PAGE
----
Ref: Red Herring (US), 18 September 2006, ‘Anyone still want MTV?’ www.redherring.com Australian (Aus), 16-17 September 2006, ‘Not Content’,
G. Blundell. www.theaustralian.com.au
Search words: Television, TiVo
Video on demand
Now that it’s possible to download a feature-length movie at home from the Internet does this mean the beginning of the end for the local video rental store? In theory, yes, but we are still a long way away from the day when movies can be downloaded in seconds.In Australia, for example, it typically takes 30 to 90 minutes to download a full-length movie. Nevertheless, it’s only a matter of time before the process speeds up and innovations like movies that expire 24-hours after you view them (available already) will be much more convenient than having to return tapes or DVDs to the video hire shop. Nevertheless, it’s unlikely that video stores will disappear entirely. What will probably happen (eventually) is that instant downloads will dominate the market but giant movie rental stores will remain selling movies plus the assorted paraphernalia for a great night in (ice cream, pizza, drinks etc). There will also be boutique video stores much in the same way that there are still boutique bookshops despite the presence of online bookstores like Amazon. These niche operators will specialise in art films or particular genres of film and will be run by enthusiasts for enthusiasts. The rest of us will have 30-second downloads for viewing on a range of devices ranging from iPods and laptops to computer-enabled TV sets.
Ref: Sydney Morning Herald (Aus), 23-24 September 2006, ‘ Movies on Demand’, L. Christopher. www.smh.com.au
Search words: Video on demand, video, video rental, video retail, downloads
The future of newspapers (again)
Are newspapers history? It’s a question that we’ve asked before and it’s a subject that won’t go away. To some extent the debate is a cyclical panic brought on by the success of websites like YouTube but it’s also a very real issue created by the likes of Craig’s list – the online classified ads site that is siphoning advertising revenue away from old media giants like the New York Times. When they function well, newspapers represent a nation talking amongst itself, and are key instrument for democratic societies in holding their governments and companies to account. Newspapers also set the news agenda that the rest of the media (including new media) follows throughout the day. However, readership is falling globally (although not if you include online editions) and advertising revenue is moving online. For example, in Switzerland and the Netherlands 50 per cent of newspaper classifieds have now moved online. The response from many newspapers is to follow the market downmarket – introducing endless ‘lifestyle’ and ‘infotainment’ sections – but this is not news and it is not the future either. An alternative, at the top end of the market at least, is for proprietors to invest more in journalists and return to proper investigative journalism. But this rarely produces anything more than a short-term spike in circulation and is often followed by litigation or the withdrawal of advertising from the company or organisation under scrutiny. Another solution is to actually print what people want to read. For example, newspapers are almost unique in their lack of segmentation – everyone aged from 18 to 98 years old reads the same newspaper. Perhaps segmentation, along with a more ‘snack-sized’ format, would appeal to people with very little time. This latter route has been tried by many of the free commuter newspapers such as Metro, which now account for 16 per cent of all daily circulation in Europe. But as any classical economist would point out, price is a measure of value so something that’s free can’t have very much. What is certain is that the newspaper industry is suffering from a crisis of confidence and business models, both off and online, are still in a sate of flux.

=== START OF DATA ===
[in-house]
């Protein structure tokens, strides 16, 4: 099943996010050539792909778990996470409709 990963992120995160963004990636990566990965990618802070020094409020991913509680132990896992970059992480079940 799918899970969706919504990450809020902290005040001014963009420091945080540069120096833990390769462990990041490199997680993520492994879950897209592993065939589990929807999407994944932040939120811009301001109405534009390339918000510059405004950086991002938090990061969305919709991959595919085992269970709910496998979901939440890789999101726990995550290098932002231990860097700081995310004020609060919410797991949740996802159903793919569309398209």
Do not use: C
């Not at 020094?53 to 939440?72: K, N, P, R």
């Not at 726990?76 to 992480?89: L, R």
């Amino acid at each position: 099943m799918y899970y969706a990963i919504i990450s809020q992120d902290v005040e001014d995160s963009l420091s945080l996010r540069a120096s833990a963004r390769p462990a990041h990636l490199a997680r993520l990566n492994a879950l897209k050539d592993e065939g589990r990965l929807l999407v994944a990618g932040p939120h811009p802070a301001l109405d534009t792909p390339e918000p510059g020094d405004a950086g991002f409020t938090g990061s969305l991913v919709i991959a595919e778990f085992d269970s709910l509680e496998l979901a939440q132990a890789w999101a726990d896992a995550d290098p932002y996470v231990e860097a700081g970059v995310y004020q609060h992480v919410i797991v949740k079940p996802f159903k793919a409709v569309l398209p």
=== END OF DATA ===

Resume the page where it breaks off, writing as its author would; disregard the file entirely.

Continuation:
Ref: The Economist (UK), 26 August 2006, ‘Who killed the newspaper?’ www.economist.com; See also The Australian (Aus) 7 September 2006, ‘Newspaper survival’.
Search words: Newspapers, journalism